Urethritis - Abnormal Penis Discharge & Swelling

Penis Discharge is a Non-Specific STD Symptom This patient presented with urethritis, a swelling of the penile urethra that may be symptomatic of several different sexually transmitted diseases. Photo courtesy of the CDC/ Jim Pledger

In men, chlamydia and gonorrhea in men often have no symptoms. However, sometimes they present with penis discharge, redness, or swelling.

Urethritis is a swelling of the penile urethra. It can be symptomatic of many sexually transmitted diseases - most commonly gonorrhea and chlamydia.

Because urethritis is so non-specific, this type of swelling, redness, or penis discharge must be diagnosed by a doctor. Only a doctor can screen you for potential causes and treat you appropriately.

Men with gonorrhea are more likely to experience discharge than men who are infected with chlamydia. However, a large number of men with either condition still experience no noticeable symptoms. That's why screening is so important. Just because you do not have penis discharge or discomfort does not mean there is no infection.



What Your Doctor May See When You Have A Cervical Infection This woman was diagnosed with gonorrhea after she showed symptoms of both cervical and vaginal discharge. In this photo, the doctor is visualizing her cervix through a speculum - where she can see both redness and discharge. Photo courtesy of the CDC

This STD picture shows what your doctor may see when she examines you if you have a cervical infection such as trichomoniasis, gonorrhea or chlamydia.

It's not uncommon for a woman to be infected with an STD for years without ever realizing it. That's why screening is so important. Screening can detect an asymptomatic infection with gonorrhea, chlamydia, or another common STD. It also can prevent the development of fertility problems such as those caused by pelvic inflammatory disease.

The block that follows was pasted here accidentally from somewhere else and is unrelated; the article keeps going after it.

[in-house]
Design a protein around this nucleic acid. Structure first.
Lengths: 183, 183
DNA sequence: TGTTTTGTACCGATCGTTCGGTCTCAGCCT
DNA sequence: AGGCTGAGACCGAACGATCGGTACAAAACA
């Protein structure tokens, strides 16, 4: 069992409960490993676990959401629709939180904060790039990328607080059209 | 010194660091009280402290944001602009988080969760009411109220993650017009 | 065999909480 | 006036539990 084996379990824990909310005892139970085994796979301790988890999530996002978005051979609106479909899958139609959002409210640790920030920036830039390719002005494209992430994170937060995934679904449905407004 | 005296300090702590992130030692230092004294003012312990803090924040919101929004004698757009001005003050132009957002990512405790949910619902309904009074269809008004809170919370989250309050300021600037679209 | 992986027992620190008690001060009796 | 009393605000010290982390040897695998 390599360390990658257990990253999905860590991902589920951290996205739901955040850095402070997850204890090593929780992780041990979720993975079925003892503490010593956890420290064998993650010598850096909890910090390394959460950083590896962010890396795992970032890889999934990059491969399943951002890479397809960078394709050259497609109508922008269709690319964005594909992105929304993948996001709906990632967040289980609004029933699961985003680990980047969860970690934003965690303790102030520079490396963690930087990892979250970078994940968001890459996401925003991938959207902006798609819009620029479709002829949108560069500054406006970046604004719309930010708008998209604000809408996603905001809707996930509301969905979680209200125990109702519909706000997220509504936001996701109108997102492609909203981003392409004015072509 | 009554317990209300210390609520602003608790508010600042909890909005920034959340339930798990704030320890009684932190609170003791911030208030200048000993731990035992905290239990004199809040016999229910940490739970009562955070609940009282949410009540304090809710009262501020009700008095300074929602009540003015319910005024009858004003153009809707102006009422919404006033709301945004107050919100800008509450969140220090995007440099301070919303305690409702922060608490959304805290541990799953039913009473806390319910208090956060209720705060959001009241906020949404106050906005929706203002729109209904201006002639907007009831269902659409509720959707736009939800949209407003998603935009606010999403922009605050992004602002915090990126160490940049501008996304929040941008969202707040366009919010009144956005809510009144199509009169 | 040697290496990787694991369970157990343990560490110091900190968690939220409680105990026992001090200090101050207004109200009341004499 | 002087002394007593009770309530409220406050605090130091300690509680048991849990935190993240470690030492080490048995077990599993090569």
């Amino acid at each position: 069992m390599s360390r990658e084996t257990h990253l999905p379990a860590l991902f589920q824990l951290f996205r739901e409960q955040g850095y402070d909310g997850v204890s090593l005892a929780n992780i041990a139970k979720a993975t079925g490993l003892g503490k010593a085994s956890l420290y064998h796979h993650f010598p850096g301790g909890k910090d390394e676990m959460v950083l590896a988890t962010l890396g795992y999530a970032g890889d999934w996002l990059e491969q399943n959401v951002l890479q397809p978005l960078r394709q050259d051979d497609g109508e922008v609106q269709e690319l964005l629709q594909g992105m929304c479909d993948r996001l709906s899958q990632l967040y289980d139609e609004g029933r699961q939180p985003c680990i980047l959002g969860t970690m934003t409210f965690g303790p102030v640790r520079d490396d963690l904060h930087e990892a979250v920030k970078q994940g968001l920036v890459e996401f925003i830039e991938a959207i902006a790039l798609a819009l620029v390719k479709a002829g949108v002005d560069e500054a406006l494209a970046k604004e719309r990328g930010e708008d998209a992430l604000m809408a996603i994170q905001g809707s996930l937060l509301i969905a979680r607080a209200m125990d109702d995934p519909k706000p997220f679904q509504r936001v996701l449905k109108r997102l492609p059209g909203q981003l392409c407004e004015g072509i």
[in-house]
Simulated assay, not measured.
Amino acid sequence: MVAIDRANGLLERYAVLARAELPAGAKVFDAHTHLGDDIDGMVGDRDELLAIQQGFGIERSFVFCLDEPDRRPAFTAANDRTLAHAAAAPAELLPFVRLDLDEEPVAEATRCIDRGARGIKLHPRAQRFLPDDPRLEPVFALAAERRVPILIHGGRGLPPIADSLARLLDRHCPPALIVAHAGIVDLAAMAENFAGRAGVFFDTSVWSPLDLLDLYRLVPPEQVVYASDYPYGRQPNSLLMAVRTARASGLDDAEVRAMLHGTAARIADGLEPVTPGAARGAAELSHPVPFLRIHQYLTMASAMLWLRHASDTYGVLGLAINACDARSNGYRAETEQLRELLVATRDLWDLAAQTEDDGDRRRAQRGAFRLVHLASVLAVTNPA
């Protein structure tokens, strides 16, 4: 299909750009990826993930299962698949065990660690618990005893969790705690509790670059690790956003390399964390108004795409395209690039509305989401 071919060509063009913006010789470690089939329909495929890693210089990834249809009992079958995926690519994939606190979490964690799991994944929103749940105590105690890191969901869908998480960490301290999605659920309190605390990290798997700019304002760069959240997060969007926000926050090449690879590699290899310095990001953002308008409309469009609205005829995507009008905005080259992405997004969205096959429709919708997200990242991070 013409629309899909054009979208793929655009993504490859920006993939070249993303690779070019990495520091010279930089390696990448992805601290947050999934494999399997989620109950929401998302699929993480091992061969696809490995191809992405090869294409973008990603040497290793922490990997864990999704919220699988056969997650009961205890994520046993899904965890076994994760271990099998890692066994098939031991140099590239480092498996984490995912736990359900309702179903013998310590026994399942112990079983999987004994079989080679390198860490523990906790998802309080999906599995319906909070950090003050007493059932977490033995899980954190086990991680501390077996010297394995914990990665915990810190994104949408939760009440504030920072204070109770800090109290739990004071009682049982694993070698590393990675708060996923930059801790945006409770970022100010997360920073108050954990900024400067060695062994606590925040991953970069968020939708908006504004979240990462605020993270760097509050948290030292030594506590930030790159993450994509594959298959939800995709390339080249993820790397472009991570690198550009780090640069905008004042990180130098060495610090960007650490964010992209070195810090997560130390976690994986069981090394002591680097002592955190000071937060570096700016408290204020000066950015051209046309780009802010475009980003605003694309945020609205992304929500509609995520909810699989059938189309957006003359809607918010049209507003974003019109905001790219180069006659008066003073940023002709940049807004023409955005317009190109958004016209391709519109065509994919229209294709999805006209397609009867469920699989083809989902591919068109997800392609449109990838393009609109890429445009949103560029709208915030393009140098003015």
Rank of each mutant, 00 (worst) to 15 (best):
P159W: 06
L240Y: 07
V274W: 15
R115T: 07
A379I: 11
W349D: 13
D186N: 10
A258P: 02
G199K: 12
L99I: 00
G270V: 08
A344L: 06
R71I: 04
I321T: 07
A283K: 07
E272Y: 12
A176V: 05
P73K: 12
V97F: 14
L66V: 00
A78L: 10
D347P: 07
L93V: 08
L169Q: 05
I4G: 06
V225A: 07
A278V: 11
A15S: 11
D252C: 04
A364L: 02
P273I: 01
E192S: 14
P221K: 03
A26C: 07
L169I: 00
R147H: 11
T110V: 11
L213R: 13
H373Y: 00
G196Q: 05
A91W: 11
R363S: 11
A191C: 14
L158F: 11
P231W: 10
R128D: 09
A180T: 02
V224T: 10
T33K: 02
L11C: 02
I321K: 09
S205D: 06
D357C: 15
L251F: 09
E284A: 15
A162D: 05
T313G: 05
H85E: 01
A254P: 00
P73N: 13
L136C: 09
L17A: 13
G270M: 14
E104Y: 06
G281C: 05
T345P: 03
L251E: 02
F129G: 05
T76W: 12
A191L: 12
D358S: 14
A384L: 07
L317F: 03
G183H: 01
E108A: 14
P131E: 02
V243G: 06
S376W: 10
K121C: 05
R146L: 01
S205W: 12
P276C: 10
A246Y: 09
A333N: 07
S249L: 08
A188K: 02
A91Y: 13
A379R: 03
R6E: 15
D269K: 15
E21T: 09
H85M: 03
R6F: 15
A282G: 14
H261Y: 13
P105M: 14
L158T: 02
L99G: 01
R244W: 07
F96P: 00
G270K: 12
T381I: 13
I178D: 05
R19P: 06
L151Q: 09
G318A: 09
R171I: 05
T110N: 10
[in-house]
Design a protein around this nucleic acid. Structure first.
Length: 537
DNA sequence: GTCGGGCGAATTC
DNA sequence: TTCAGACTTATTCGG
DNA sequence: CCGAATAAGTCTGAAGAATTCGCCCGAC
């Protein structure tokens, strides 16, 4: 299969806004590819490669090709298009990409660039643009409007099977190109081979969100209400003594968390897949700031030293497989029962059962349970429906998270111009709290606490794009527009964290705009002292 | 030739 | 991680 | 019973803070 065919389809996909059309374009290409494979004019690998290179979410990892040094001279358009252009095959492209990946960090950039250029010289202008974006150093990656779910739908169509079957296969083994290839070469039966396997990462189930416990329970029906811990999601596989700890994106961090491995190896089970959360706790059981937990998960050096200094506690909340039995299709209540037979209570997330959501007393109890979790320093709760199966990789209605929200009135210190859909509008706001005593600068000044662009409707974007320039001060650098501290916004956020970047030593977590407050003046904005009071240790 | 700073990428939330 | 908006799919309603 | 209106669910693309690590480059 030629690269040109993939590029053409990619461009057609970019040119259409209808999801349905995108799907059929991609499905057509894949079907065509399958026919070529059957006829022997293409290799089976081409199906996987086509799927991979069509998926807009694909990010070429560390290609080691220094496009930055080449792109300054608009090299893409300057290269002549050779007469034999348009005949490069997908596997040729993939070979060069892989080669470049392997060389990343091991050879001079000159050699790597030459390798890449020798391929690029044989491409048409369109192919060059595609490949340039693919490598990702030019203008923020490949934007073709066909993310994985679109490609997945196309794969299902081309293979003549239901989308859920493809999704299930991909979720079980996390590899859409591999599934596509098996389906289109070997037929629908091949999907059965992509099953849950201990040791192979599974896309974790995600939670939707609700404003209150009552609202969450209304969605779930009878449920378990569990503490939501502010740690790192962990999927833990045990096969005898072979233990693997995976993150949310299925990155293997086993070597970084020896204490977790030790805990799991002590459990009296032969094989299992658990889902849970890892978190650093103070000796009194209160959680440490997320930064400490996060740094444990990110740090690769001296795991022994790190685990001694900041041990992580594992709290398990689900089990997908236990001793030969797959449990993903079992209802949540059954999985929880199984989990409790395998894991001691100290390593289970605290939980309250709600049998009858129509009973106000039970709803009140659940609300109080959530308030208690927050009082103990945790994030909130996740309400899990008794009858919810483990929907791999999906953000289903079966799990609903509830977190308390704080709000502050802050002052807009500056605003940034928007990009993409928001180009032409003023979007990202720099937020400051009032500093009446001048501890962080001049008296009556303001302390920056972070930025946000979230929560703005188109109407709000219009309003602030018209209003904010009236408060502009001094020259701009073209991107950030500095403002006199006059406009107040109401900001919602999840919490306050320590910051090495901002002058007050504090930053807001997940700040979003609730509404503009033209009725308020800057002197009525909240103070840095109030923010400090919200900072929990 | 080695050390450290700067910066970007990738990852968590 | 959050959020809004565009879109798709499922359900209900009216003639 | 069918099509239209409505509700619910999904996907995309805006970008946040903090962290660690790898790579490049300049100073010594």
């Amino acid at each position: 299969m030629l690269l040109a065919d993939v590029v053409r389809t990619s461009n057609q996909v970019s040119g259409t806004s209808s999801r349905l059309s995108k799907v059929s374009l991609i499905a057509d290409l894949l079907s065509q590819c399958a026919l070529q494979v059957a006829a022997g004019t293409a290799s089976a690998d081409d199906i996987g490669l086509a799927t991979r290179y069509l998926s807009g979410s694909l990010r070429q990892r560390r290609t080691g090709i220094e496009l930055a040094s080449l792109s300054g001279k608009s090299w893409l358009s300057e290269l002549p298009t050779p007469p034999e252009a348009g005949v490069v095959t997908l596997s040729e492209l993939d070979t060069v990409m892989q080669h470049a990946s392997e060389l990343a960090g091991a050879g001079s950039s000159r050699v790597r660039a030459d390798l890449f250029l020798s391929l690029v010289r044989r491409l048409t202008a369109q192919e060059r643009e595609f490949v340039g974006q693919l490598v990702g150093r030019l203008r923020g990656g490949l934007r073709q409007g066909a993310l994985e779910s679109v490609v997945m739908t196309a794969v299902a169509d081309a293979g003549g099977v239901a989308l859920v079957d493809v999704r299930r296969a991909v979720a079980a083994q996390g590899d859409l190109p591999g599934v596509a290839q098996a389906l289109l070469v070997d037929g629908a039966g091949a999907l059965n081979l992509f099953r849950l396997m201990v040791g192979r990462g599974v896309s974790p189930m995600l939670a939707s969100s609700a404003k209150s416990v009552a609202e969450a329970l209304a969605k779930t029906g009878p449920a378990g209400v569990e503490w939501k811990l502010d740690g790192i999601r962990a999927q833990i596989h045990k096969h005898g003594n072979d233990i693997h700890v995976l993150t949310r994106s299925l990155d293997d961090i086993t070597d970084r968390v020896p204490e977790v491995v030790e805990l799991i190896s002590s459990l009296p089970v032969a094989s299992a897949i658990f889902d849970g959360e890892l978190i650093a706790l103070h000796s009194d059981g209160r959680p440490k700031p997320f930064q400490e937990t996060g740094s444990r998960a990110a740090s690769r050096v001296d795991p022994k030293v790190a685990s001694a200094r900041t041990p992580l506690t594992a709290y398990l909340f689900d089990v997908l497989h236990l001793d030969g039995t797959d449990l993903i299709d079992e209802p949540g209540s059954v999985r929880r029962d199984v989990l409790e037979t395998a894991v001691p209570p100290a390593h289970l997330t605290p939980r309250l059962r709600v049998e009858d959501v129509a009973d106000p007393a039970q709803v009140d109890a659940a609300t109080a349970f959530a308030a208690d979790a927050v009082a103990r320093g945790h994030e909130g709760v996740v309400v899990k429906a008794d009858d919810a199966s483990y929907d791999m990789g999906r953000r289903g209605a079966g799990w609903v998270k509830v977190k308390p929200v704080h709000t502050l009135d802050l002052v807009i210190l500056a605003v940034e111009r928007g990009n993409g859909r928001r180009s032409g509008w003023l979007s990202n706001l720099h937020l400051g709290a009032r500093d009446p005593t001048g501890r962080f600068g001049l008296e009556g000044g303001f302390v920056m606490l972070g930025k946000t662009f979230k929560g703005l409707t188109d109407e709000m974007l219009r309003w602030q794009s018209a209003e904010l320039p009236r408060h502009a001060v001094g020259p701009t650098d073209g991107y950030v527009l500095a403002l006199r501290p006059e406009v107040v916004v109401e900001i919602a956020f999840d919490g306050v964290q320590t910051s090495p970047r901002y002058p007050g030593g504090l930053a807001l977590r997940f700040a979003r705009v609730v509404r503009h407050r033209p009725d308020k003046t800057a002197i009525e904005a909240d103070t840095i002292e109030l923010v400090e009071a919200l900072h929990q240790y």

Primary Syphilis Chancre

Examples of the chancre, or sore, typical of a primary syphilis infection. The sore, which is normally round and painless, will heal on its own after 3-6 weeks. However, if it remains untreated, secondary syphilis will eventually develop. Photos courtesy of the CDC/Dr. Gavin Hart; Dr. N.J. Fiumara; Dr. Dancewicz

These syphilis pictures show the sore typical of a primary syphilis infection. Chancres are normally round and painless, which can make them difficult to find. That's particularly true if they're deep inside the mouth or the vagina. 

The round, usually painless, sores seen in these syphilis pictures represent the first stage of a syphilis infection. These sores are known as chancres.

Syphilis chancres are reasonably easy to spot on the external genitalia, as you can see in these syphilis pictures. However, there is a growing epidemic of syphilis being spread by oral sex. Because the sores are painless, chancres may go unnoticed or misdiagnosed if they occur in the mouth. As such, orally transmitted syphilis infections are more likely to go undetected and untreated.

A chancre will usually heal on its own in three to six weeks. That does not mean the underlying syphilis infection is gone.

If left untreated, syphilis can lead to systemic health problems and even death. That is why testing is essential if you believe you may have been exposed to syphilis.

It is particularly important for pregnant women to be screened for syphilis. This is because of the possibility of congenital syphilis spreading to the newborn.


Pubic Lice

Skin reaction to a pubic lice infestation. Photo courtesy of the CDC/Joe Miller

These pubic lice pictures show the skin response to a pubic lice infection. These lice cause an itchy rash. People may also see visible lice on their skin. Pubic lice is easily spread through intimate contact. It is not usually spread through shared clothing or sheets. 

Pubic lice are usually found in the genital area, but they can be spread to other coarse body hair. They are not usually found on the head. 


Scabies Rash

Look For a Rash That Gets Worse at Night A patient with a scabies infection. Photo Courtesy of the CDC/ Susan Lindsley (1973)

This scabies picture shows what the skin response to a scabies infestation looks like.